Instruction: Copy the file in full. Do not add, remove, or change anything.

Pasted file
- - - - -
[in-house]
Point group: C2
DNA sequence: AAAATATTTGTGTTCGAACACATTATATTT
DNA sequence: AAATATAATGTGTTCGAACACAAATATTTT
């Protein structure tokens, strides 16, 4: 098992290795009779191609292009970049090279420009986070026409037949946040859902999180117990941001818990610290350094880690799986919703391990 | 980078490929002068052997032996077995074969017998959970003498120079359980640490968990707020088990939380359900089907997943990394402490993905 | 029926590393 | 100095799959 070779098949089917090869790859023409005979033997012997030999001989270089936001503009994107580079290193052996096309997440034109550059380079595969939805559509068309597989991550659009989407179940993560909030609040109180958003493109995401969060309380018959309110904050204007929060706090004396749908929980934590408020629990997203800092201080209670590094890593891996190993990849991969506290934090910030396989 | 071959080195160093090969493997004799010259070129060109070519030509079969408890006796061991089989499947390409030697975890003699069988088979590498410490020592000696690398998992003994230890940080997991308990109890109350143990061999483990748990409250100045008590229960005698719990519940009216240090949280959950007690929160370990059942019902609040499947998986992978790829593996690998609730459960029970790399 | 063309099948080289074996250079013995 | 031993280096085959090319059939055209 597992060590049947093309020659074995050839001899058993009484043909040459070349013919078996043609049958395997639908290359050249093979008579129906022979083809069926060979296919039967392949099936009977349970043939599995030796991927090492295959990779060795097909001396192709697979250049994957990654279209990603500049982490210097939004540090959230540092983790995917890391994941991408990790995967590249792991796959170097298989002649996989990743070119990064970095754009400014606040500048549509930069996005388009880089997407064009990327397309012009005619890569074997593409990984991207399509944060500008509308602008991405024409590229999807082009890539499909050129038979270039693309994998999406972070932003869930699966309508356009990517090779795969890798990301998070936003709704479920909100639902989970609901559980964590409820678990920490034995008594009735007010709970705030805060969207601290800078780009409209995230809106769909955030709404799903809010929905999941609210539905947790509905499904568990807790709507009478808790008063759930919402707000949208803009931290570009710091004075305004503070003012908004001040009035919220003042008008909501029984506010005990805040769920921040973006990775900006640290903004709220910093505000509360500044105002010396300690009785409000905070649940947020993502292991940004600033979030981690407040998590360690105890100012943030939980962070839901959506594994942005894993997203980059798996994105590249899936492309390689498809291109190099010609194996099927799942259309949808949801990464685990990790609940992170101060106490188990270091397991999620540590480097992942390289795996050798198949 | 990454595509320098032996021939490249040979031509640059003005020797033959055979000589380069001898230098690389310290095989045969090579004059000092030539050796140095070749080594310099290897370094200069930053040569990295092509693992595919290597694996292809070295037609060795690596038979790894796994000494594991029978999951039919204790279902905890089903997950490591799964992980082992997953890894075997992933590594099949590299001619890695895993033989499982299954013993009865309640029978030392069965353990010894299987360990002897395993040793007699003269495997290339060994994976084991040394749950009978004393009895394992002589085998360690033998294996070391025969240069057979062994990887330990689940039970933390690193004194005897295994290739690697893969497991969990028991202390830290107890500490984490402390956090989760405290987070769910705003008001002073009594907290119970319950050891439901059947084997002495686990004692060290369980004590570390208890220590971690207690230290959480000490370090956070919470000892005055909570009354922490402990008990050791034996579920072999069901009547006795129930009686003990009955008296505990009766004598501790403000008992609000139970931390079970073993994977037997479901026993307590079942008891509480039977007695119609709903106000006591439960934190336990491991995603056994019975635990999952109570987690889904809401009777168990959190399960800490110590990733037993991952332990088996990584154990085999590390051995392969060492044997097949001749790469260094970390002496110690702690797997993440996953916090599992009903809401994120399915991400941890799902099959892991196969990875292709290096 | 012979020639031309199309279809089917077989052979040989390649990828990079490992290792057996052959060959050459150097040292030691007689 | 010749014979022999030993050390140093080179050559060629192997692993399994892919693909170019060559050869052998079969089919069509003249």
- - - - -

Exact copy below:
[in-house]
Point group: C2
DNA sequence: AAAATATTTGTGTTCGAACACATTATATTT
DNA sequence: AAATATAATGTGTTCGAACACAAATATTTT
């Protein structure tokens, strides 16, 4: 098992290795009779191609292009970049090279420009986070026409037949946040859902999180117990941001818990610290350094880690799986919703391990 | 980078490929002068052997032996077995074969017998959970003498120079359980640490968990707020088990939380359900089907997943990394402490993905 | 029926590393 | 100095799959 070779098949089917090869790859023409005979033997012997030999001989270089936001503009994107580079290193052996096309997440034109550059380079595969939805559509068309597989991550659009989407179940993560909030609040109180958003493109995401969060309380018959309110904050204007929060706090004396749908929980934590408020629990997203800092201080209670590094890593891996190993990849991969506290934090910030396989 | 071959080195160093090969493997004799010259070129060109070519030509079969408890006796061991089989499947390409030697975890003699069988088979590498410490020592000696690398998992003994230890940080997991308990109890109350143990061999483990748990409250100045008590229960005698719990519940009216240090949280959950007690929160370990059942019902609040499947998986992978790829593996690998609730459960029970790399 | 063309099948080289074996250079013995 | 031993280096085959090319059939055209 597992060590049947093309020659074995050839001899058993009484043909040459070349013919078996043609049958395997639908290359050249093979008579129906022979083809069926060979296919039967392949099936009977349970043939599995030796991927090492295959990779060795097909001396192709697979250049994957990654279209990603500049982490210097939004540090959230540092983790995917890391994941991408990790995967590249792991796959170097298989002649996989990743070119990064970095754009400014606040500048549509930069996005388009880089997407064009990327397309012009005619890569074997593409990984991207399509944060500008509308602008991405024409590229999807082009890539499909050129038979270039693309994998999406972070932003869930699966309508356009990517090779795969890798990301998070936003709704479920909100639902989970609901559980964590409820678990920490034995008594009735007010709970705030805060969207601290800078780009409209995230809106769909955030709404799903809010929905999941609210539905947790509905499904568990807790709507009478808790008063759930919402707000949208803009931290570009710091004075305004503070003012908004001040009035919220003042008008909501029984506010005990805040769920921040973006990775900006640290903004709220910093505000509360500044105002010396300690009785409000905070649940947020993502292991940004600033979030981690407040998590360690105890100012943030939980962070839901959506594994942005894993997203980059798996994105590249899936492309390689498809291109190099010609194996099927799942259309949808949801990464685990990790609940992170101060106490188990270091397991999620540590480097992942390289795996050798198949 | 990454595509320098032996021939490249040979031509640059003005020797033959055979000589380069001898230098690389310290095989045969090579004059000092030539050796140095070749080594310099290897370094200069930053040569990295092509693992595919290597694996292809070295037609060795690596038979790894796994000494594991029978999951039919204790279902905890089903997950490591799964992980082992997953890894075997992933590594099949590299001619890695895993033989499982299954013993009865309640029978030392069965353990010894299987360990002897395993040793007699003269495997290339060994994976084991040394749950009978004393009895394992002589085998360690033998294996070391025969240069057979062994990887330990689940039970933390690193004194005897295994290739690697893969497991969990028991202390830290107890500490984490402390956090989760405290987070769910705003008001002073009594907290119970319950050891439901059947084997002495686990004692060290369980004590570390208890220590971690207690230290959480000490370090956070919470000892005055909570009354922490402990008990050791034996579920072999069901009547006795129930009686003990009955008296505990009766004598501790403000008992609000139970931390079970073993994977037997479901026993307590079942008891509480039977007695119609709903106000006591439960934190336990491991995603056994019975635990999952109570987690889904809401009777168990959190399960800490110590990733037993991952332990088996990584154990085999590390051995392969060492044997097949001749790469260094970390002496110690702690797997993440996953916090599992009903809401994120399915991400941890799902099959892991196969990875292709290096 | 012979020639031309199309279809089917077989052979040989390649990828990079490992290792057996052959060959050459150097040292030691007689 | 010749014979022999030993050390140093080179050559060629192997692993399994892919693909170019060559050869052998079969089919069509003249």